Pamela or Virtue Rewarded HTML version

Letter 3
I must needs say, your letter has filled me with trouble, for it has made my heart,
which was overflowing with gratitude for my master's goodness, suspicious and
fearful: and yet I hope I shall never find him to act unworthy of his character; for what
could he get by ruining such a poor young creature as me? But that which gives me
most trouble is, that you seem to mistrust the honesty of your child. No, my dear
father and mother, be assured, that, by God's grace, I never will do any thing that
shall bring your grey hairs with sorrow to the grave. I will die a thousand deaths,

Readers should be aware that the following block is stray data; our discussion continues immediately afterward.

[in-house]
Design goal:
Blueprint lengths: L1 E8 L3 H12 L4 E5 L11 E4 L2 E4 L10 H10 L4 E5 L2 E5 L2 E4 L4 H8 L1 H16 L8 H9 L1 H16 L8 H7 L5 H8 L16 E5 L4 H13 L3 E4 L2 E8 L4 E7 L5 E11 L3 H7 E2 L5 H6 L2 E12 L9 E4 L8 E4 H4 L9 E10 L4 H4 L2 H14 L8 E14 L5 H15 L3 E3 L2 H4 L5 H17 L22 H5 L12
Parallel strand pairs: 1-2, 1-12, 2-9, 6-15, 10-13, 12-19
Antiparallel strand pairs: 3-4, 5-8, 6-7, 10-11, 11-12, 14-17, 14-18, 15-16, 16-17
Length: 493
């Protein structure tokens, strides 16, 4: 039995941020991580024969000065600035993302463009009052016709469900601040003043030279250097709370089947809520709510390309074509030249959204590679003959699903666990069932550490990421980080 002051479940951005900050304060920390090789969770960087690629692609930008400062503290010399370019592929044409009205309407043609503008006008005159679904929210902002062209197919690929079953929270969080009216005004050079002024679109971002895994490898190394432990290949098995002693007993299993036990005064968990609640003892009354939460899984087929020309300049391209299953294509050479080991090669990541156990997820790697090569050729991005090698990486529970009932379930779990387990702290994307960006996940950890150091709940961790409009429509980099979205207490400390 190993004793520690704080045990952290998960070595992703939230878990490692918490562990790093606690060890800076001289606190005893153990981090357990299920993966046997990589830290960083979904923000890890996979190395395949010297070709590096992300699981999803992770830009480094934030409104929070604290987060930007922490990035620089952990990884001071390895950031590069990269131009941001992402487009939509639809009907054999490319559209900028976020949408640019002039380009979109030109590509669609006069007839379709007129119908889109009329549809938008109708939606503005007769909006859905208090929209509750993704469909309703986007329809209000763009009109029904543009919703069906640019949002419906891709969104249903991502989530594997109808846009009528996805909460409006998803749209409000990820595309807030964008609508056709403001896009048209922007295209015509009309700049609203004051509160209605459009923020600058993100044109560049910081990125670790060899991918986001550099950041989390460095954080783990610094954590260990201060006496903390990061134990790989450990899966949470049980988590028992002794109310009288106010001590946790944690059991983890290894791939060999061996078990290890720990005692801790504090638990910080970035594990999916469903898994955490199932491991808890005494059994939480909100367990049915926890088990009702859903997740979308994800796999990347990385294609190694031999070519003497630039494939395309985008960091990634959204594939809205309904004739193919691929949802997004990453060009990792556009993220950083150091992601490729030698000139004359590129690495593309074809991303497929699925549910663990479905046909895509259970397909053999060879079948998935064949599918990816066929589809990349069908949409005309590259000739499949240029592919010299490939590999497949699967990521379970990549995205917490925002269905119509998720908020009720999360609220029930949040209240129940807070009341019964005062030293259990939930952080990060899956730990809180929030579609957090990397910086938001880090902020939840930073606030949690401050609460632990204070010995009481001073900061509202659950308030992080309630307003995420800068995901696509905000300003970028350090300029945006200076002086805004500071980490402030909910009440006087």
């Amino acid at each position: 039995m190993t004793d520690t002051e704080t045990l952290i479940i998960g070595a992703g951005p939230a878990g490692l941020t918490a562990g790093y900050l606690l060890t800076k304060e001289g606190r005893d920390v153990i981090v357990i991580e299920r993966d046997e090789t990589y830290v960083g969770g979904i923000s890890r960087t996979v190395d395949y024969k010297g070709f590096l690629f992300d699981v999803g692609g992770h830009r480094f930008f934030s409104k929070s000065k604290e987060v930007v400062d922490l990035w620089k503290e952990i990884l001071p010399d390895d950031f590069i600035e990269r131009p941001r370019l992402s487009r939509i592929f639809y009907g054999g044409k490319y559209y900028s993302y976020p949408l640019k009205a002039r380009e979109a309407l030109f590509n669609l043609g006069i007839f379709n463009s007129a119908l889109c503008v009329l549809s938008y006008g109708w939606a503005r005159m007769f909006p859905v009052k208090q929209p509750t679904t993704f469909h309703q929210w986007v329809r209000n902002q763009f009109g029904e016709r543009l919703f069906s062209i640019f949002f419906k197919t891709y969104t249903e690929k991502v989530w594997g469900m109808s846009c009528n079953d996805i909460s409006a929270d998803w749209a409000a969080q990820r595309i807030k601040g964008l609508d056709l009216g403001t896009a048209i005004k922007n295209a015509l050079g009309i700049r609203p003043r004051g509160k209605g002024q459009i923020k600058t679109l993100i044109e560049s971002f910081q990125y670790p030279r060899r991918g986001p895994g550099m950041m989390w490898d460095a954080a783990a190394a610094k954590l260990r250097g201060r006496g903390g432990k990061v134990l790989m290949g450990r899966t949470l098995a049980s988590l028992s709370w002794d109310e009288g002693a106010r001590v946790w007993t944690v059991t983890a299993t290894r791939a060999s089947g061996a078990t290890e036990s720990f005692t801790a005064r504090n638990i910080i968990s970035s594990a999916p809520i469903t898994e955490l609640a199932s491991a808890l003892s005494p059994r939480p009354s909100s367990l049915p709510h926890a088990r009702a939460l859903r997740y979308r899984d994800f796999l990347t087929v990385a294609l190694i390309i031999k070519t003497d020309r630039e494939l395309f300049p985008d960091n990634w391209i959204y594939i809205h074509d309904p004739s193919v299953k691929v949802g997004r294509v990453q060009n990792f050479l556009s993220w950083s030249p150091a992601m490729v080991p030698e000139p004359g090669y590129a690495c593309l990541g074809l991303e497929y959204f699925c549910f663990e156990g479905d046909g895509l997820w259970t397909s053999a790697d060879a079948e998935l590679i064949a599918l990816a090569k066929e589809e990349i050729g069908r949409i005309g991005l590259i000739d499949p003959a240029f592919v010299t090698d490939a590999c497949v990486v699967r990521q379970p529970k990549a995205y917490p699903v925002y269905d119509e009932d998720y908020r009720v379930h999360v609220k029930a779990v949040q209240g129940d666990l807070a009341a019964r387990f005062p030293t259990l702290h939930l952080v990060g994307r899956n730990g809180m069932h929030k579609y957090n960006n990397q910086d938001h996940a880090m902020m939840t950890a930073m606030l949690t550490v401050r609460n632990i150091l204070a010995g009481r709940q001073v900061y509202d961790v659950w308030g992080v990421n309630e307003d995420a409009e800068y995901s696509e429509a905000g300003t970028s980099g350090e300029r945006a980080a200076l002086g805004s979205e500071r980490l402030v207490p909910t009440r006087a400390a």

rather than be dishonest any way. Of that be assured, and set your hearts at rest; for
although I have lived above myself for some time past, yet I can be content with rags
and poverty, and bread and water, and will embrace them, rather than forfeit my
good name, let who will be the tempter. And of this pray rest satisfied, and think
better of Your dutiful DAUGHTER till death.
My master continues to be very affable to me. As yet I see no cause to fear any
thing. Mrs. Jervis, the housekeeper, too, is very civil to me, and I have the love of
every body. Sure they can't all have designs against me, because they are civil! I
hope I shall always behave so as to be respected by every one; and that nobody
would do me more hurt than I am sure I would do them. Our John so often goes your
way, that I will always get him to call, that you may hear from me, either by writing,
(for it brings my hand in,) or by word of mouth.